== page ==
Lack of money hindering many from politics
By James Wanzala
| March 8th 2021
Former politician Nyiva Mwendwa has blamed lack of resources among aspiring women politicians in Kenya to be among reasons many women are not in political leadership.
She said this while speaking to The Standard at her Gigiri home in Nairobi last Tuesday ahead of International Women’s Day.
“The issue that was and still is on the question of elections is lack of resources, especially during campaigns. Compared to women, men have money, which they can use to campaign during elections, while you find that a lot of women don’t work or own properties and therefore you have to depend on the goodwill of other people for instance your husband if you are married,” she said.
“He has to agree whether you have to enter into politics and use family resources or not,” added Ms Mwendwa.
The solution to lack of resources, she says, lies in good education. “The good thing today, which has grown from my time, is that women have more resources although not as much as men. This is because, once you are educated and you get a good job, you learn to save and invest,” said Ms Mwendwa.
She served as an elected MP for Kitui West Constituency between 1974 to 1979 and 1993 to 1997 for her first and second term respectively. She joined politics while aged 30 years in the early 1950s and retired from active politics in 2017while in her early 70s.
She recalls that during her time in Parliament, there were only about four women members including Dr Julia Ojiambo, Jemimah Gichaga - who was nominated, herself and a Ms Chemutai from Rift Valley. She says they faced discrimination and hostility as women in parliament. Men showed it by, for example, grabbing the receiver of the shared telephone off their hands while they were still speaking with someone.
At that time, she was in her 30s. “They (men) could even speak the uncouth language and there is nothing we could do because if you dared speak anything you would find yourself in trouble,” said Mwendwa.
Inside the chamber (parliament), she said, it was better as they were given a chance to speak.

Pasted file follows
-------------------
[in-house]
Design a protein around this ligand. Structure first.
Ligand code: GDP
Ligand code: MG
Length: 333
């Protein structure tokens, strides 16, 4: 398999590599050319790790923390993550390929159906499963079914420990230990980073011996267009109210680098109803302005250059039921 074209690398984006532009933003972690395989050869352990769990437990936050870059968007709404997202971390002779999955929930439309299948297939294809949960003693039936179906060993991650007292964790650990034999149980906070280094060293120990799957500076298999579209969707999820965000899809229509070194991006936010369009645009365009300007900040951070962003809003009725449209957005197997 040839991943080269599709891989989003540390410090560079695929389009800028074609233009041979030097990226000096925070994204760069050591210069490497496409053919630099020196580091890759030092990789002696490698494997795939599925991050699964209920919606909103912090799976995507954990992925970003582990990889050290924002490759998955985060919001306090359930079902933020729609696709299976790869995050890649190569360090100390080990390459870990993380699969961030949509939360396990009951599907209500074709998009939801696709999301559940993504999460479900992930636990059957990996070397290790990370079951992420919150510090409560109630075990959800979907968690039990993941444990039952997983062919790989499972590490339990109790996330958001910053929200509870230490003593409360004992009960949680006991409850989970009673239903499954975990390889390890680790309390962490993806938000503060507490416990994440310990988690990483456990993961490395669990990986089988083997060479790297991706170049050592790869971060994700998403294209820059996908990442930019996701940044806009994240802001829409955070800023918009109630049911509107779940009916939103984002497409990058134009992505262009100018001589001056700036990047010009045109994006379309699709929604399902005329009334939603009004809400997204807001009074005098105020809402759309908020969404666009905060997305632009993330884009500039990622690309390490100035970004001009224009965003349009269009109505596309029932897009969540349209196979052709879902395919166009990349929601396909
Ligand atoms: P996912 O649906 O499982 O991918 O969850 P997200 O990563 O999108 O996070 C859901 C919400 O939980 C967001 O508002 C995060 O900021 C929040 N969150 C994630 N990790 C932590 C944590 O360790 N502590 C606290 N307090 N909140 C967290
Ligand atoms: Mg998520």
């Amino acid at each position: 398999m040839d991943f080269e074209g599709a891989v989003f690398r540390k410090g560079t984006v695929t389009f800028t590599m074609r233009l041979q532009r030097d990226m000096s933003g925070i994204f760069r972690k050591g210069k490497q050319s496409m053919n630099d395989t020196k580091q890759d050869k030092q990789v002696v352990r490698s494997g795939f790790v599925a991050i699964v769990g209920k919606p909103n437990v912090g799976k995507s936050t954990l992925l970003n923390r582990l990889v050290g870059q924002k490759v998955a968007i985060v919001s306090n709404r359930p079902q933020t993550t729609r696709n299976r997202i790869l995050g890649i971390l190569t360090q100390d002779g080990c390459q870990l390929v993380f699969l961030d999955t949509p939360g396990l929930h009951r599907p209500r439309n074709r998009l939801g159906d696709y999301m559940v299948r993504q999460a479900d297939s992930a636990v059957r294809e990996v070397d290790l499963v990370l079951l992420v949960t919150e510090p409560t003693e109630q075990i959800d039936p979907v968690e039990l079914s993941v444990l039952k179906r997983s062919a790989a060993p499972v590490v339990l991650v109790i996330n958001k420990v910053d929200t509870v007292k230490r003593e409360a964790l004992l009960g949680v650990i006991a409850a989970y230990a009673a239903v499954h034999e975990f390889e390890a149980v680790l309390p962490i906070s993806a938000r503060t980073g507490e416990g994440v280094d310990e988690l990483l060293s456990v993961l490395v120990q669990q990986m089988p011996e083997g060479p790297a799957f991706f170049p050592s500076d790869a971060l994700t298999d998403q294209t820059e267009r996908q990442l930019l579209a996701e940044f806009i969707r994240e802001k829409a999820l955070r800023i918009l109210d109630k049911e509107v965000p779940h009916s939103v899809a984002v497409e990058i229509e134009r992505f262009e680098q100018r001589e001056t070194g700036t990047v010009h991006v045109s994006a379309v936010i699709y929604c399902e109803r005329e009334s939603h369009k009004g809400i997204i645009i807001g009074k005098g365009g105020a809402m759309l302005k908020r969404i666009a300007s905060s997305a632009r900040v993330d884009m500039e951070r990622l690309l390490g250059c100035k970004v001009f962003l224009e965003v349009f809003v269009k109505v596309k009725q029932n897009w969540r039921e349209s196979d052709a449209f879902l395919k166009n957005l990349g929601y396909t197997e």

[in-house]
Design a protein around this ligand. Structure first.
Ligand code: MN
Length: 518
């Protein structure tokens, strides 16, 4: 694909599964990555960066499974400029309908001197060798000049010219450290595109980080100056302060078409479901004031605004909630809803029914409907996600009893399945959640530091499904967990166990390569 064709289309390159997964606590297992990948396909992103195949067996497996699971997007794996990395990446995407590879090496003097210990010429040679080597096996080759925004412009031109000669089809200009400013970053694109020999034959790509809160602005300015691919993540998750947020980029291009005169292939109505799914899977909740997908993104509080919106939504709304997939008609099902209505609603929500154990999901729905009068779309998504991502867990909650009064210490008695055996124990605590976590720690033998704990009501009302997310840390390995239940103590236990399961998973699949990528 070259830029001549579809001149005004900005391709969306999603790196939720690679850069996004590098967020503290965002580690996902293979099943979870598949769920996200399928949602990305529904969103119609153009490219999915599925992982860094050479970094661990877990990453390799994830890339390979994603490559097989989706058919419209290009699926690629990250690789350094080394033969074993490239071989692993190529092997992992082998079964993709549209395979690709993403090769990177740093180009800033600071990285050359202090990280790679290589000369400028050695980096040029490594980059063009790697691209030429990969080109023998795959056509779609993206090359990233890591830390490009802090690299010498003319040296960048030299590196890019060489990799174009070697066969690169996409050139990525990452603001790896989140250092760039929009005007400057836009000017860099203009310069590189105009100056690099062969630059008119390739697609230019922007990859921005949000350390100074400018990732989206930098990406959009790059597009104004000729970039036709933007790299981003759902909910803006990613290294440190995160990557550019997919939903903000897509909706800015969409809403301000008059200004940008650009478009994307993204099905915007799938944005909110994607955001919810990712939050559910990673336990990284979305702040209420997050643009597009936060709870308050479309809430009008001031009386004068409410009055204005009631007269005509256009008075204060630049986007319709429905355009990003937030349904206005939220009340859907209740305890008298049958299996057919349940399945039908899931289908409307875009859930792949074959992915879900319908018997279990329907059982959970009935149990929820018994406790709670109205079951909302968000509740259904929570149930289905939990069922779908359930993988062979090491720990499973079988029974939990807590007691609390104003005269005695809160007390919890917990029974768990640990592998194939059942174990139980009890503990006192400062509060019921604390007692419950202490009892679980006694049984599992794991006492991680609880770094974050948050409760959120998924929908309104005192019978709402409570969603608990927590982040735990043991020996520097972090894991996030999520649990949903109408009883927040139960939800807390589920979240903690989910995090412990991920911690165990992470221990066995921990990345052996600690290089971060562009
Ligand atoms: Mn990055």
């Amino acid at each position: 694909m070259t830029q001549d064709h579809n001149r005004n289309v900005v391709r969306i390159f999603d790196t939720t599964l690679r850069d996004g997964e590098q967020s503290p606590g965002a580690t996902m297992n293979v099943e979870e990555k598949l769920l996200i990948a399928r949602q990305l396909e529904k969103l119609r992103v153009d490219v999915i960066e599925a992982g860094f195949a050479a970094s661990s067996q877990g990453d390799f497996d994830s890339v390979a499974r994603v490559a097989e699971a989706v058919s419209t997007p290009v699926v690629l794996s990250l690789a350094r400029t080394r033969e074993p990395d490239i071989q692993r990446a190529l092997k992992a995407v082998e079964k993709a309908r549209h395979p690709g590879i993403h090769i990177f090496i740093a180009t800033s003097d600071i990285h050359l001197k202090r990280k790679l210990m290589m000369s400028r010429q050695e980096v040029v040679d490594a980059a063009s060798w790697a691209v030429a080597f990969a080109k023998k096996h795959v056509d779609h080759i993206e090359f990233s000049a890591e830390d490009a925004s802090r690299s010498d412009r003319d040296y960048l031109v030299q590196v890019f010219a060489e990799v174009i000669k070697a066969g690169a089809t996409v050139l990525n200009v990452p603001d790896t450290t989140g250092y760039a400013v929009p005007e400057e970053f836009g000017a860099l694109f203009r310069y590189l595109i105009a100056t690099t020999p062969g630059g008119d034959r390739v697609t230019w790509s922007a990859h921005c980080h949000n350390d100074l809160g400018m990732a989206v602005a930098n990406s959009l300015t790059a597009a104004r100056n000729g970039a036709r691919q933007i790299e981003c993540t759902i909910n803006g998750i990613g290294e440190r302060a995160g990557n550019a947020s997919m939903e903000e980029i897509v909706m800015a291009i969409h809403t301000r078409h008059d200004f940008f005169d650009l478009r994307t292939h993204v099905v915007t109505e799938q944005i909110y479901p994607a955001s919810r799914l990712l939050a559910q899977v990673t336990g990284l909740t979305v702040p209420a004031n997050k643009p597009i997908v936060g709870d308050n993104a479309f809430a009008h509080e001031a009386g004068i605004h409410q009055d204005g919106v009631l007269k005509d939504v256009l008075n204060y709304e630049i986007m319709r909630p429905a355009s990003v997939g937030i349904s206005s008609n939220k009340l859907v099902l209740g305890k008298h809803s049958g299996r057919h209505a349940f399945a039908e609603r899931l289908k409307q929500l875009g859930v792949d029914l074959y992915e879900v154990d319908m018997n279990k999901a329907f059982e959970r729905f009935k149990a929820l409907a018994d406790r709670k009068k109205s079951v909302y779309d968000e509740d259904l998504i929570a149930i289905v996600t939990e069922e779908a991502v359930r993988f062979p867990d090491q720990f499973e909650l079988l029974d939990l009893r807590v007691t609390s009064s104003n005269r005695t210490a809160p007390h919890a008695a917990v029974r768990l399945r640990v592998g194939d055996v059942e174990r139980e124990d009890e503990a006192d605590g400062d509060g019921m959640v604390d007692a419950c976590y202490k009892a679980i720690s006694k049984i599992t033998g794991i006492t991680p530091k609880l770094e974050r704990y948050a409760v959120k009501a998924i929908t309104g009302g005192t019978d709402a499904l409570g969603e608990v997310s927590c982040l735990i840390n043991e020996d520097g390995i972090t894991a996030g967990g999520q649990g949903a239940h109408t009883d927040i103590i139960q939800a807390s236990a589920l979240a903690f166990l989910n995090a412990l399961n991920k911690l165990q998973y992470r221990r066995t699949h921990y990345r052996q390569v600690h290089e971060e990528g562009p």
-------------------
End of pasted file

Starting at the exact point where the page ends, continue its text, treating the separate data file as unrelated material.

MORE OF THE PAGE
She also blames traditions or customs as another hindrance to women who want to venture into politics. “It’s a belief in African culture that women are not supposed to be leaders and here you want to be an MP, Senator or Governor. I don’t know any country in Africa where women are equal to men especially when it comes to leadership. It’s always a man. Luckily, in a well-educated society, men are now seeing women as equal to them,” said Ms Mwendwa. She remembers how her late husband encouraged her to go into politics, saying she is better than him.
Despite the challenges women face, she celebrates the achievements made so far by women in politics and leadership, including increased number of elected women in Parliament although not enough. Ms Mwendwa, who today says she looks after her investments in real estate and some coffee farming, laments that so many of today’s young women are not ready to be advised as one of their failures.
“Today’s women pretend to be a know-it-all - they will not take advice. We used to inquire a lot from Grace during our times but, today, it’s difficult to advise young women. We cannot mentor them. Where I grew up, and in my childhood, you should not give unsolicited advice because the listener might get offended and they will not take it seriously,” she says.
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